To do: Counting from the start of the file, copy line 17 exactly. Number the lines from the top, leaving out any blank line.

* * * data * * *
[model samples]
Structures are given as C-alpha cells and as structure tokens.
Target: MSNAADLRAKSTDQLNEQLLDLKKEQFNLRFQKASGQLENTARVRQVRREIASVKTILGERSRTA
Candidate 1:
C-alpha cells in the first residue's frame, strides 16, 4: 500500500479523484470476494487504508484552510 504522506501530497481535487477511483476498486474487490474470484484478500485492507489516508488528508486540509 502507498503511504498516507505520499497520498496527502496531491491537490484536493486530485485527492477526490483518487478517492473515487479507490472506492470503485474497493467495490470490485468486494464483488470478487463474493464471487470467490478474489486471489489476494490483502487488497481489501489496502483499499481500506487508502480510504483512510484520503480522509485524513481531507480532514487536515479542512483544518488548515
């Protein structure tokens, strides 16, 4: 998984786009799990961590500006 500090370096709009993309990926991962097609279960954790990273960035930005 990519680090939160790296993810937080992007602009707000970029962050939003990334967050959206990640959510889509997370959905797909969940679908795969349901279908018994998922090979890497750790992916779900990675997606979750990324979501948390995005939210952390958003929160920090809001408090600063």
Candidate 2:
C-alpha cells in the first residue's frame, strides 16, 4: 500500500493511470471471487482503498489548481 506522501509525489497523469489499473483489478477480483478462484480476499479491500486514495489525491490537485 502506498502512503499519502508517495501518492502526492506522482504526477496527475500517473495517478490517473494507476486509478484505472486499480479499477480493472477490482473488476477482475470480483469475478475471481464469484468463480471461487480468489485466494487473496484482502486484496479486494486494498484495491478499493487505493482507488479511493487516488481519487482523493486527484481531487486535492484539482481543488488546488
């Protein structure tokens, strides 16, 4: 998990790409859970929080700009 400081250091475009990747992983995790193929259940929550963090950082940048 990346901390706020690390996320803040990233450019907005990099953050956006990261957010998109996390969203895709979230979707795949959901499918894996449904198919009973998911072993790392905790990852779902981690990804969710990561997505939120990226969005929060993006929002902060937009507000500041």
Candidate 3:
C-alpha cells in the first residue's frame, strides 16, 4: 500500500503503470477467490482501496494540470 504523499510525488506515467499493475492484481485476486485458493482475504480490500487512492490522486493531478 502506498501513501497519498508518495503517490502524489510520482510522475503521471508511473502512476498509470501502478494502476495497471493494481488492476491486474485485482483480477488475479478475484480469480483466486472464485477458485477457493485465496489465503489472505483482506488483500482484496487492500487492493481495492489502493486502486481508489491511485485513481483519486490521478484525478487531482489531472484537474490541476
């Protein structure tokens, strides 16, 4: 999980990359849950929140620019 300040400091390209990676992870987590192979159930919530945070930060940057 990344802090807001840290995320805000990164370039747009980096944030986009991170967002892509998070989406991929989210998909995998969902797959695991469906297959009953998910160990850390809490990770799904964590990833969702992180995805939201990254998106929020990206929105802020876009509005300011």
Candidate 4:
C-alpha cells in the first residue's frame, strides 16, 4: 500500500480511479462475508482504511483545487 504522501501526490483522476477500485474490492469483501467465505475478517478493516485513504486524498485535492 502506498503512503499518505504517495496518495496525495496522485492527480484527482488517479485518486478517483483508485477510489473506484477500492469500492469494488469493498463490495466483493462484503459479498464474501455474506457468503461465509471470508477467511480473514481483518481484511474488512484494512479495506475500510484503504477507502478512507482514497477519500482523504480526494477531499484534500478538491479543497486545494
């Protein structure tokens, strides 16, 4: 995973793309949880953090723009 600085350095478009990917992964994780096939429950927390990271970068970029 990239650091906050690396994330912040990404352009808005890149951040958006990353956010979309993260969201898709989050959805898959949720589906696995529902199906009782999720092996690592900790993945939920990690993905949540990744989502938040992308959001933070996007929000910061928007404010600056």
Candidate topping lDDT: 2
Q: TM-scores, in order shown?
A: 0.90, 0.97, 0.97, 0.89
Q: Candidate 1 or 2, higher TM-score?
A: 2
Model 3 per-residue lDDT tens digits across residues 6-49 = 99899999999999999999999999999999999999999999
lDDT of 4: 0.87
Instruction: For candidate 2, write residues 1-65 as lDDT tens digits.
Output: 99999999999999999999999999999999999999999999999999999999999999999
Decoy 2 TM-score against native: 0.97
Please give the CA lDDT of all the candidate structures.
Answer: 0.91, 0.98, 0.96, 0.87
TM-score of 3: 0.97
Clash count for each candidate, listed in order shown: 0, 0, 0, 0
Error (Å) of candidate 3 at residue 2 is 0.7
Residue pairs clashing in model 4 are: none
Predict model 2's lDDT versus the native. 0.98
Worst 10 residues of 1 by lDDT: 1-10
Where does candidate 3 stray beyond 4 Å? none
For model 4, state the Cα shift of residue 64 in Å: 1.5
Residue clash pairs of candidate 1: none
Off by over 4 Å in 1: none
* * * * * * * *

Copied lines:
Q: TM-scores, in order shown?